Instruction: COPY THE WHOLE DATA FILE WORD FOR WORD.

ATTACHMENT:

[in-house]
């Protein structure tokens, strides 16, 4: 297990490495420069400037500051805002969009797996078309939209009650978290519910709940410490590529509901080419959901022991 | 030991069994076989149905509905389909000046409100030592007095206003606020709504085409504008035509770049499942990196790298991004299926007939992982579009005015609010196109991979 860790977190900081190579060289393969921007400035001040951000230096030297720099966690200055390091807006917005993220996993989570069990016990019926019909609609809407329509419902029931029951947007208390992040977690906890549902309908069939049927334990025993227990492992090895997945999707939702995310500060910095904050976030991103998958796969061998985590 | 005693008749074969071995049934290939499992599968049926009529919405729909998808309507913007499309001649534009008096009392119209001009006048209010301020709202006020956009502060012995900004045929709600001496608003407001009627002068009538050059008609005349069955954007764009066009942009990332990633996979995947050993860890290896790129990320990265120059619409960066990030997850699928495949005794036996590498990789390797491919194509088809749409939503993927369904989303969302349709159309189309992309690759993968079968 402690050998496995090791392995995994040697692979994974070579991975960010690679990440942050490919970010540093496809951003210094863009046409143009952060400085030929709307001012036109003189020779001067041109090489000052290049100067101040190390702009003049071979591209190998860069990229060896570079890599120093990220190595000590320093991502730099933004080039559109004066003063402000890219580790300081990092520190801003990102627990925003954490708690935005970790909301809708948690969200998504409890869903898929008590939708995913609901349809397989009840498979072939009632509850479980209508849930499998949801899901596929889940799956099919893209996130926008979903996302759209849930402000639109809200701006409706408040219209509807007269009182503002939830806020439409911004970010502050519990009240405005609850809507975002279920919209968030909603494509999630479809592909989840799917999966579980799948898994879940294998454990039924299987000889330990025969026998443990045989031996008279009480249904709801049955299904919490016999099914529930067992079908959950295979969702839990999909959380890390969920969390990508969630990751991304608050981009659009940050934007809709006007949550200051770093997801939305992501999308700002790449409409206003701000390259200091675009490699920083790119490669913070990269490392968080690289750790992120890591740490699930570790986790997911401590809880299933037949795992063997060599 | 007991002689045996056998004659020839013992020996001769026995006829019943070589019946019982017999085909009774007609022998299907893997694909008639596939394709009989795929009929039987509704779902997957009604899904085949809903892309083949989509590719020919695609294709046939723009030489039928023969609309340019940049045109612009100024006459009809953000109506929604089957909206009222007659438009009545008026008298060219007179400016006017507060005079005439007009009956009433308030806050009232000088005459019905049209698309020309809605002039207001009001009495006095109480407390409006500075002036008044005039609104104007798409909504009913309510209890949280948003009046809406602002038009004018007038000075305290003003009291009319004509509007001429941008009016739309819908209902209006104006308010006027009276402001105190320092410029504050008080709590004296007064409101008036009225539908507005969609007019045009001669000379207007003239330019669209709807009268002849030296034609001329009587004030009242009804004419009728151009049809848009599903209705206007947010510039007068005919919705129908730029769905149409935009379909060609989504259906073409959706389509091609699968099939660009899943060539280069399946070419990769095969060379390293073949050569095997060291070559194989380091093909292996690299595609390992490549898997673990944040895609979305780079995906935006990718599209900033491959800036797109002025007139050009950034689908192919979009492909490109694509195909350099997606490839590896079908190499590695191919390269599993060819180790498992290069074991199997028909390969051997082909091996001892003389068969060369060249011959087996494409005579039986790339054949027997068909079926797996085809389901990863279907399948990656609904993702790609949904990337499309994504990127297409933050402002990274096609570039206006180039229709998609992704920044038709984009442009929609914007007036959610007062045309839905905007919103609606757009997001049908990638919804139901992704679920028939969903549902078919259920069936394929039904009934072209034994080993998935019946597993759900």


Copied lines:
[in-house]
């Protein structure tokens, strides 16, 4: 297990490495420069400037500051805002969009797996078309939209009650978290519910709940410490590529509901080419959901022991 | 030991069994076989149905509905389909000046409100030592007095206003606020709504085409504008035509770049499942990196790298991004299926007939992982579009005015609010196109991979 860790977190900081190579060289393969921007400035001040951000230096030297720099966690200055390091807006917005993220996993989570069990016990019926019909609609809407329509419902029931029951947007208390992040977690906890549902309908069939049927334990025993227990492992090895997945999707939702995310500060910095904050976030991103998958796969061998985590 | 005693008749074969071995049934290939499992599968049926009529919405729909998808309507913007499309001649534009008096009392119209001009006048209010301020709202006020956009502060012995900004045929709600001496608003407001009627002068009538050059008609005349069955954007764009066009942009990332990633996979995947050993860890290896790129990320990265120059619409960066990030997850699928495949005794036996590498990789390797491919194509088809749409939503993927369904989303969302349709159309189309992309690759993968079968 402690050998496995090791392995995994040697692979994974070579991975960010690679990440942050490919970010540093496809951003210094863009046409143009952060400085030929709307001012036109003189020779001067041109090489000052290049100067101040190390702009003049071979591209190998860069990229060896570079890599120093990220190595000590320093991502730099933004080039559109004066003063402000890219580790300081990092520190801003990102627990925003954490708690935005970790909301809708948690969200998504409890869903898929008590939708995913609901349809397989009840498979072939009632509850479980209508849930499998949801899901596929889940799956099919893209996130926008979903996302759209849930402000639109809200701006409706408040219209509807007269009182503002939830806020439409911004970010502050519990009240405005609850809507975002279920919209968030909603494509999630479809592909989840799917999966579980799948898994879940294998454990039924299987000889330990025969026998443990045989031996008279009480249904709801049955299904919490016999099914529930067992079908959950295979969702839990999909959380890390969920969390990508969630990751991304608050981009659009940050934007809709006007949550200051770093997801939305992501999308700002790449409409206003701000390259200091675009490699920083790119490669913070990269490392968080690289750790992120890591740490699930570790986790997911401590809880299933037949795992063997060599 | 007991002689045996056998004659020839013992020996001769026995006829019943070589019946019982017999085909009774007609022998299907893997694909008639596939394709009989795929009929039987509704779902997957009604899904085949809903892309083949989509590719020919695609294709046939723009030489039928023969609309340019940049045109612009100024006459009809953000109506929604089957909206009222007659438009009545008026008298060219007179400016006017507060005079005439007009009956009433308030806050009232000088005459019905049209698309020309809605002039207001009001009495006095109480407390409006500075002036008044005039609104104007798409909504009913309510209890949280948003009046809406602002038009004018007038000075305290003003009291009319004509509007001429941008009016739309819908209902209006104006308010006027009276402001105190320092410029504050008080709590004296007064409101008036009225539908507005969609007019045009001669000379207007003239330019669209709807009268002849030296034609001329009587004030009242009804004419009728151009049809848009599903209705206007947010510039007068005919919705129908730029769905149409935009379909060609989504259906073409959706389509091609699968099939660009899943060539280069399946070419990769095969060379390293073949050569095997060291070559194989380091093909292996690299595609390992490549898997673990944040895609979305780079995906935006990718599209900033491959800036797109002025007139050009950034689908192919979009492909490109694509195909350099997606490839590896079908190499590695191919390269599993060819180790498992290069074991199997028909390969051997082909091996001892003389068969060369060249011959087996494409005579039986790339054949027997068909079926797996085809389901990863279907399948990656609904993702790609949904990337499309994504990127297409933050402002990274096609570039206006180039229709998609992704920044038709984009442009929609914007007036959610007062045309839905905007919103609606757009997001049908990638919804139901992704679920028939969903549902078919259920069936394929039904009934072209034994080993998935019946597993759900």